Read Also: How to pick a good groundhog bait for trapping?

    Using Groundhog Repellent

    Repellents for nuisance animals are products made from ingredients which typically irritate a groundhog’s eyes or nose. Many of these products contain natural active ingredients such as pepper or other spices.

    Repellents are normally sold in granule form or as liquids, and are applied differently depending on their consistency. For example, you apply granules in a barrier around your plants to stop a woodchuck from reaching them. Liquid repellents, in contrast, are sprayed on plants and can be rinsed off later if you want to eat the affected produce.

    Using Electronic Repellents

    These are small devices placed throughout a garden that will spray water like a sprinkler. These repellents are motion-activated and will douse a groundhog when it gets to close to your peas and carrots.

    Reflexively, when the groundhog is sprinkled with water, it will become startled and run the other direction. These devices are preferred among gardeners because not only are they humane and non-harmful to the groundhog in question, but they work to water the plants at the same time! The user can, of course, control the settings and how strong the blast is.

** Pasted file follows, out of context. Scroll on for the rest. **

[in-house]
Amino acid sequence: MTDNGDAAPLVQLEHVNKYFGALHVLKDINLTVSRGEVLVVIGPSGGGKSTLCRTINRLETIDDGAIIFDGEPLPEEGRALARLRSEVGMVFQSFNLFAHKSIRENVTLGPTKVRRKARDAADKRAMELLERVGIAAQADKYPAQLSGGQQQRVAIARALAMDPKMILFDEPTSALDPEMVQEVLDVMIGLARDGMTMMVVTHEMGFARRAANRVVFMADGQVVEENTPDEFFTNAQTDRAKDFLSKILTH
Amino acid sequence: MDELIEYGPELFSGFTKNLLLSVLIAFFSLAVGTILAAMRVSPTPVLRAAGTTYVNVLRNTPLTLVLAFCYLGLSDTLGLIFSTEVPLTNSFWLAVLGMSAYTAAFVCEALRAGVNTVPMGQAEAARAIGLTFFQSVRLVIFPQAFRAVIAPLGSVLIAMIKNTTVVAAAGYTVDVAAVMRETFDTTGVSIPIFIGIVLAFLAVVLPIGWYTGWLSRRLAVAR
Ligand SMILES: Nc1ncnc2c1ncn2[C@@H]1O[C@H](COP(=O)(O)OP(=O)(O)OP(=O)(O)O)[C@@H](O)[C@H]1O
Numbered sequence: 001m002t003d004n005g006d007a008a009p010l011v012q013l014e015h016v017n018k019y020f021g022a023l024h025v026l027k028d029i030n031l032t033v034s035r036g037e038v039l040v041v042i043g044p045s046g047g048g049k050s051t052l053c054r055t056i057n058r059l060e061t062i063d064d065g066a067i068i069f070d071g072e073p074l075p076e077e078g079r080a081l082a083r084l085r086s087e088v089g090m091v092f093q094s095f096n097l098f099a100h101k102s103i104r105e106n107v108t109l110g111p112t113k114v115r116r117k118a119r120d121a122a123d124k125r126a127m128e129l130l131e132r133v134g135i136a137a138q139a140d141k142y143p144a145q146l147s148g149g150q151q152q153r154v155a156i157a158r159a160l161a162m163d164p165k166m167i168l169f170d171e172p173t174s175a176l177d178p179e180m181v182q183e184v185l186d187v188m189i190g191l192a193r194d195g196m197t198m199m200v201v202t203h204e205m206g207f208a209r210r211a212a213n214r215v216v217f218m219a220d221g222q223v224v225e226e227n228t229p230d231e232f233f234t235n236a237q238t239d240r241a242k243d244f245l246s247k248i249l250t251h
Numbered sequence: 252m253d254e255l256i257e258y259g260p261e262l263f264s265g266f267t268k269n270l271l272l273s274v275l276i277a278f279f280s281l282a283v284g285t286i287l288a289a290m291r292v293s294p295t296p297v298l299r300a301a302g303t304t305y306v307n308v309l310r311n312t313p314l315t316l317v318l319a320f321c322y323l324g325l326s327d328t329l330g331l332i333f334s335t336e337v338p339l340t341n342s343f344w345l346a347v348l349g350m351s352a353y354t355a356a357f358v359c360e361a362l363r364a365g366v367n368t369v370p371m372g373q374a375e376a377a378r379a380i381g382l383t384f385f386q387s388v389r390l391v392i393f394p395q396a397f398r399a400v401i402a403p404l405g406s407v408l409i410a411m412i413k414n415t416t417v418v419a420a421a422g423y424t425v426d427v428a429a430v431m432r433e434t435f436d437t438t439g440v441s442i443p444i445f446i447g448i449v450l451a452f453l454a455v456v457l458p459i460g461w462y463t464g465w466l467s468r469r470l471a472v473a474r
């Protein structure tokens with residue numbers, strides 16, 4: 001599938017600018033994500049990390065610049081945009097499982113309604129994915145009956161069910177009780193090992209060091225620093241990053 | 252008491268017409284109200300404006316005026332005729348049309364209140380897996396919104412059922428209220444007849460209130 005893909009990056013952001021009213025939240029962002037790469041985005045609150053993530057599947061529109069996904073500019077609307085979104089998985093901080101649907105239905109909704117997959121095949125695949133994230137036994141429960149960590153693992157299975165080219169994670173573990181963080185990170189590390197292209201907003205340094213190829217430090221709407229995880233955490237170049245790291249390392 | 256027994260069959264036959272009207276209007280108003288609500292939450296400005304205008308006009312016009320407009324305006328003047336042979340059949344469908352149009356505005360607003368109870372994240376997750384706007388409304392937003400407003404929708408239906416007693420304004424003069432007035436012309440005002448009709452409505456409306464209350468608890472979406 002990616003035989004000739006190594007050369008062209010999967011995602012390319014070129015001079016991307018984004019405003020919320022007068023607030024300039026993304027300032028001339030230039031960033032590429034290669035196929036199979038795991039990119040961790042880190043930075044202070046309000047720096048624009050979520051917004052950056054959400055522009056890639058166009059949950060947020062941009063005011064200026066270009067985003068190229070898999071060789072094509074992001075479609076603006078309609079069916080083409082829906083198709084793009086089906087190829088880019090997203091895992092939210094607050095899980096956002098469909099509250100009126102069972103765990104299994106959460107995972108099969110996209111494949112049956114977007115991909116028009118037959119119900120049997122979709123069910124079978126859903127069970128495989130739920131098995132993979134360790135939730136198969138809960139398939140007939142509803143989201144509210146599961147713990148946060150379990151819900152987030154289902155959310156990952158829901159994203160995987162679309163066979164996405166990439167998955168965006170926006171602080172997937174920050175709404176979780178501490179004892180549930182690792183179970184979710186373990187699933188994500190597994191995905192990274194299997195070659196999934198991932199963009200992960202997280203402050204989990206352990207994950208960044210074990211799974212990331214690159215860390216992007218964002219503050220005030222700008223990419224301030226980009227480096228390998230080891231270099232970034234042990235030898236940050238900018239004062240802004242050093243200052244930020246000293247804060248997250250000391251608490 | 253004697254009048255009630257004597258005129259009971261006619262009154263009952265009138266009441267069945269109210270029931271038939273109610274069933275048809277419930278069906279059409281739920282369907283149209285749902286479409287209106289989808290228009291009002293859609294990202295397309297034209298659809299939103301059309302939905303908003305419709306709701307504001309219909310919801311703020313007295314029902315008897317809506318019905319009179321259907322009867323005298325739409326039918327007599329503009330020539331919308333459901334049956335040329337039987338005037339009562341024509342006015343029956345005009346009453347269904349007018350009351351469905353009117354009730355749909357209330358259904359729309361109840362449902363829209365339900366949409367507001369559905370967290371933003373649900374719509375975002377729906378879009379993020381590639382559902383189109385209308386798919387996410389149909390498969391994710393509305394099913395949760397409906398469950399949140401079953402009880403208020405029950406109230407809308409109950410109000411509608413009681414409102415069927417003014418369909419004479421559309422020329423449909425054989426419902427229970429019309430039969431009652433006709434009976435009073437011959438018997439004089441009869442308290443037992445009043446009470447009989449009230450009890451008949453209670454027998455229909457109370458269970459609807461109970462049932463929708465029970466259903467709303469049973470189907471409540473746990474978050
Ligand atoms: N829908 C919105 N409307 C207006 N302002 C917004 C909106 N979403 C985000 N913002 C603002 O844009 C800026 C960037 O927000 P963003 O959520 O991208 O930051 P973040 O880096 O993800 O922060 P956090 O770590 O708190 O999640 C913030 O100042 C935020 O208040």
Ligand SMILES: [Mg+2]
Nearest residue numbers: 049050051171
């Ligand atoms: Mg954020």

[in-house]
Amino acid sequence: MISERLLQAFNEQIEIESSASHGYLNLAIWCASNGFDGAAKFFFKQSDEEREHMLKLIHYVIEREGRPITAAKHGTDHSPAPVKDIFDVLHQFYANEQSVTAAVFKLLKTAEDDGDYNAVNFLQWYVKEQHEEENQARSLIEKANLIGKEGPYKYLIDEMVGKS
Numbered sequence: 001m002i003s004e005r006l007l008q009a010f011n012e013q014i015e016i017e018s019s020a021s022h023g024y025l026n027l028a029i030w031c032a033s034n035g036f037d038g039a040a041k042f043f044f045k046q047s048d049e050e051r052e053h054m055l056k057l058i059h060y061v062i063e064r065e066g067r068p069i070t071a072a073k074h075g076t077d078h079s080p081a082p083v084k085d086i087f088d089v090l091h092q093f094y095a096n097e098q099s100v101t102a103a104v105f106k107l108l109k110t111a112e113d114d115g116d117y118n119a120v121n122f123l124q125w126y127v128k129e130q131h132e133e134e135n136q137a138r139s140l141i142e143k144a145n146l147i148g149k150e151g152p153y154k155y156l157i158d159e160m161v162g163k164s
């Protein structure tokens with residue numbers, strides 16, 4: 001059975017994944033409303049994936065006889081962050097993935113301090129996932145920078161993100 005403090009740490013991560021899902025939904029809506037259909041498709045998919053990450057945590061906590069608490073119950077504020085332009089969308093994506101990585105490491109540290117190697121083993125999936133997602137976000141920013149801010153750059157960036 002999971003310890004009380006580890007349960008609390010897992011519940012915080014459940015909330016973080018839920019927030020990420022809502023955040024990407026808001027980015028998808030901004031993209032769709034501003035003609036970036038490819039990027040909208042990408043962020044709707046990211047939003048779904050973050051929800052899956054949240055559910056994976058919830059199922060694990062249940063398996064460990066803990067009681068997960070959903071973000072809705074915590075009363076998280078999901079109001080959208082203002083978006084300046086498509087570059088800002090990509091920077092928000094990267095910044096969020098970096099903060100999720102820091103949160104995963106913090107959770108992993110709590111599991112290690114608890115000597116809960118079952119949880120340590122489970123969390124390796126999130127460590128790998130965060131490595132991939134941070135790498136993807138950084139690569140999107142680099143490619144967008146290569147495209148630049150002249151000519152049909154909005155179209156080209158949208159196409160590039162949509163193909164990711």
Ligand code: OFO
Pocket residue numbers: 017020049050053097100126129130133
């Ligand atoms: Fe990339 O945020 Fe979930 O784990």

Setting Up A Fence

    Even though groundhogs dig, they can be deterred by fencing which doesn’t allow access to the topside of your yard.

    If woodchucks are a serious problem but you are not comfortable trapping or killing them, you can install a chain link fence, or a barrier made from other materials. This small deterrent can often be enough to prevent future pest problems, and even pests of other species.

    Fumigating Your Property

    It’s possible to purchase products known as rodent gassers or fumigants online. These can be placed in the holes leading to a groundhog’s burrow and will either drive the animal away, or kill it. Most gassers are toxic and not reusable.

    If you choose to use a gasser, read all of the attached instructions and check the laws in your states—some places have rules about when and where nuisance animals like groundhogs and raccoons can be killed.

    The Bottom Line About Groundhog Removal

    Having a groundhog doesn’t have to be the end of your garden. When you notice the nibbles here and there of phantom teeth, it’s time to take action—sooner rather than later.

    If you are having trouble with an unwanted guest burrowing beneath your property and ransacking your garden, take some of the above steps to clear out your yard. Your garden will thank you for it!